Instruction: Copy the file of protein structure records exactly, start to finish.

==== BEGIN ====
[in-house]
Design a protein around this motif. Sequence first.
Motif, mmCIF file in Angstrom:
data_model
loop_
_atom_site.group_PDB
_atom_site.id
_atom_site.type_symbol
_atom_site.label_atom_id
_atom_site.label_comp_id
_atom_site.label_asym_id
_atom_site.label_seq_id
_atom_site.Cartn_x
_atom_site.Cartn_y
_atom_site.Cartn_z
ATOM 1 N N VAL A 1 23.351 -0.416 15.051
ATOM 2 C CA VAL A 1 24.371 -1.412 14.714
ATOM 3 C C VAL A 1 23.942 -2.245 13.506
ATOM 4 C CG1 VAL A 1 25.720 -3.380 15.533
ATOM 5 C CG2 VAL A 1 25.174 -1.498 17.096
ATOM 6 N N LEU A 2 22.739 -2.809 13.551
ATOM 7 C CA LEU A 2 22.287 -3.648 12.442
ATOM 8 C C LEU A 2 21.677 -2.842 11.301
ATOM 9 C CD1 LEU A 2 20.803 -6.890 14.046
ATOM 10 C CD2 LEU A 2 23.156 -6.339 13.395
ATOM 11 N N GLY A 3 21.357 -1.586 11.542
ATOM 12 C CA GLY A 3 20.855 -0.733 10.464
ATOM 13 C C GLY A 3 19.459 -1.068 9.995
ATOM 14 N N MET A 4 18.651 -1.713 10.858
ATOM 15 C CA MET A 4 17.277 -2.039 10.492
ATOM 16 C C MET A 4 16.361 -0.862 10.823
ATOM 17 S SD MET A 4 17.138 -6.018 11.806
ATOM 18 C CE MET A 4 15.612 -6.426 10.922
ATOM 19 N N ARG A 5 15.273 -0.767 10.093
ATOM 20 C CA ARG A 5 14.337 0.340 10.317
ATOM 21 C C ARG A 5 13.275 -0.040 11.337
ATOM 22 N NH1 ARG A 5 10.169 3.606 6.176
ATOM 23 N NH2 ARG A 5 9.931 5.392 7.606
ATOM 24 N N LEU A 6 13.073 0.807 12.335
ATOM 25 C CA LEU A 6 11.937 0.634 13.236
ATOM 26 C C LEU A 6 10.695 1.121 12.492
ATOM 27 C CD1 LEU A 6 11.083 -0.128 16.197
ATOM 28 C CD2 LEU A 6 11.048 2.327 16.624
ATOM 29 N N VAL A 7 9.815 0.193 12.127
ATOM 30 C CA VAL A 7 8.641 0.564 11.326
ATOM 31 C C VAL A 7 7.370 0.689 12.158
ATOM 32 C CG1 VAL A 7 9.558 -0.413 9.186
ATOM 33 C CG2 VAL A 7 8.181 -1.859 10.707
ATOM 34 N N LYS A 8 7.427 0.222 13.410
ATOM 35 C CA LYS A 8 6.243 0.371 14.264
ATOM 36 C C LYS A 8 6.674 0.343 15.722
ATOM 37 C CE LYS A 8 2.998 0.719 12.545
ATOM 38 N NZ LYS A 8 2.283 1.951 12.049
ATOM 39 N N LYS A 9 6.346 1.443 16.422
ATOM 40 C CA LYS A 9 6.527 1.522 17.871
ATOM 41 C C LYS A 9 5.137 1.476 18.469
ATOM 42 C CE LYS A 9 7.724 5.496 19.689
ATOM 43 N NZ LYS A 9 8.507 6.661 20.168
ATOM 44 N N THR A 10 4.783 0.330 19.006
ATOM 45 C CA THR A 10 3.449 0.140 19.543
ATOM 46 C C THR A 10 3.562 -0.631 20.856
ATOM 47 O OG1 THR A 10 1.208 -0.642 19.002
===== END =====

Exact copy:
[in-house]
Design a protein around this motif. Sequence first.
Motif, mmCIF file in Angstrom:
data_model
loop_
_atom_site.group_PDB
_atom_site.id
_atom_site.type_symbol
_atom_site.label_atom_id
_atom_site.label_comp_id
_atom_site.label_asym_id
_atom_site.label_seq_id
_atom_site.Cartn_x
_atom_site.Cartn_y
_atom_site.Cartn_z
ATOM 1 N N VAL A 1 23.351 -0.416 15.051
ATOM 2 C CA VAL A 1 24.371 -1.412 14.714
ATOM 3 C C VAL A 1 23.942 -2.245 13.506
ATOM 4 C CG1 VAL A 1 25.720 -3.380 15.533
ATOM 5 C CG2 VAL A 1 25.174 -1.498 17.096
ATOM 6 N N LEU A 2 22.739 -2.809 13.551
ATOM 7 C CA LEU A 2 22.287 -3.648 12.442
ATOM 8 C C LEU A 2 21.677 -2.842 11.301
ATOM 9 C CD1 LEU A 2 20.803 -6.890 14.046
ATOM 10 C CD2 LEU A 2 23.156 -6.339 13.395
ATOM 11 N N GLY A 3 21.357 -1.586 11.542
ATOM 12 C CA GLY A 3 20.855 -0.733 10.464
ATOM 13 C C GLY A 3 19.459 -1.068 9.995
ATOM 14 N N MET A 4 18.651 -1.713 10.858
ATOM 15 C CA MET A 4 17.277 -2.039 10.492
ATOM 16 C C MET A 4 16.361 -0.862 10.823
ATOM 17 S SD MET A 4 17.138 -6.018 11.806
ATOM 18 C CE MET A 4 15.612 -6.426 10.922
ATOM 19 N N ARG A 5 15.273 -0.767 10.093
ATOM 20 C CA ARG A 5 14.337 0.340 10.317
ATOM 21 C C ARG A 5 13.275 -0.040 11.337
ATOM 22 N NH1 ARG A 5 10.169 3.606 6.176
ATOM 23 N NH2 ARG A 5 9.931 5.392 7.606
ATOM 24 N N LEU A 6 13.073 0.807 12.335
ATOM 25 C CA LEU A 6 11.937 0.634 13.236
ATOM 26 C C LEU A 6 10.695 1.121 12.492
ATOM 27 C CD1 LEU A 6 11.083 -0.128 16.197
ATOM 28 C CD2 LEU A 6 11.048 2.327 16.624
ATOM 29 N N VAL A 7 9.815 0.193 12.127
ATOM 30 C CA VAL A 7 8.641 0.564 11.326
ATOM 31 C C VAL A 7 7.370 0.689 12.158
ATOM 32 C CG1 VAL A 7 9.558 -0.413 9.186
ATOM 33 C CG2 VAL A 7 8.181 -1.859 10.707
ATOM 34 N N LYS A 8 7.427 0.222 13.410
ATOM 35 C CA LYS A 8 6.243 0.371 14.264
ATOM 36 C C LYS A 8 6.674 0.343 15.722
ATOM 37 C CE LYS A 8 2.998 0.719 12.545
ATOM 38 N NZ LYS A 8 2.283 1.951 12.049
ATOM 39 N N LYS A 9 6.346 1.443 16.422
ATOM 40 C CA LYS A 9 6.527 1.522 17.871
ATOM 41 C C LYS A 9 5.137 1.476 18.469
ATOM 42 C CE LYS A 9 7.724 5.496 19.689
ATOM 43 N NZ LYS A 9 8.507 6.661 20.168
ATOM 44 N N THR A 10 4.783 0.330 19.006
ATOM 45 C CA THR A 10 3.449 0.140 19.543
ATOM 46 C C THR A 10 3.562 -0.631 20.856
ATOM 47 O OG1 THR A 10 1.208 -0.642 19.002